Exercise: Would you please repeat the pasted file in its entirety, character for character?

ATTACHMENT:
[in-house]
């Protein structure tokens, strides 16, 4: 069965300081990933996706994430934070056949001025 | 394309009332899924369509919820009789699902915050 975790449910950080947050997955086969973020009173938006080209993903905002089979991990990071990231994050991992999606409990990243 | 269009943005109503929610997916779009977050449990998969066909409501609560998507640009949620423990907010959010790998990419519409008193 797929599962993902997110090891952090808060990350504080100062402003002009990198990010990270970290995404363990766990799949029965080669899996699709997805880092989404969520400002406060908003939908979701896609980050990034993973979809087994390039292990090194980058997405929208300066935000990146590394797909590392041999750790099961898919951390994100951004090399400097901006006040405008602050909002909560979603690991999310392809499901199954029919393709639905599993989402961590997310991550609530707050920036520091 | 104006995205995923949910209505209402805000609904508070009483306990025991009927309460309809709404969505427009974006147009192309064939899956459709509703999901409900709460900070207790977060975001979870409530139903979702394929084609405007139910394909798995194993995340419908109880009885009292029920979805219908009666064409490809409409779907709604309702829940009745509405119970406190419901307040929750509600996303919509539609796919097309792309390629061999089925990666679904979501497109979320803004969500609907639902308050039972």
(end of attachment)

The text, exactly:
[in-house]
């Protein structure tokens, strides 16, 4: 069965300081990933996706994430934070056949001025 | 394309009332899924369509919820009789699902915050 975790449910950080947050997955086969973020009173938006080209993903905002089979991990990071990231994050991992999606409990990243 | 269009943005109503929610997916779009977050449990998969066909409501609560998507640009949620423990907010959010790998990419519409008193 797929599962993902997110090891952090808060990350504080100062402003002009990198990010990270970290995404363990766990799949029965080669899996699709997805880092989404969520400002406060908003939908979701896609980050990034993973979809087994390039292990090194980058997405929208300066935000990146590394797909590392041999750790099961898919951390994100951004090399400097901006006040405008602050909002909560979603690991999310392809499901199954029919393709639905599993989402961590997310991550609530707050920036520091 | 104006995205995923949910209505209402805000609904508070009483306990025991009927309460309809709404969505427009974006147009192309064939899956459709509703999901409900709460900070207790977060975001979870409530139903979702394929084609405007139910394909798995194993995340419908109880009885009292029920979805219908009666064409490809409409779907709604309702829940009745509405119970406190419901307040929750509600996303919509539609796919097309792309390629061999089925990666679904979501497109979320803004969500609907639902308050039972």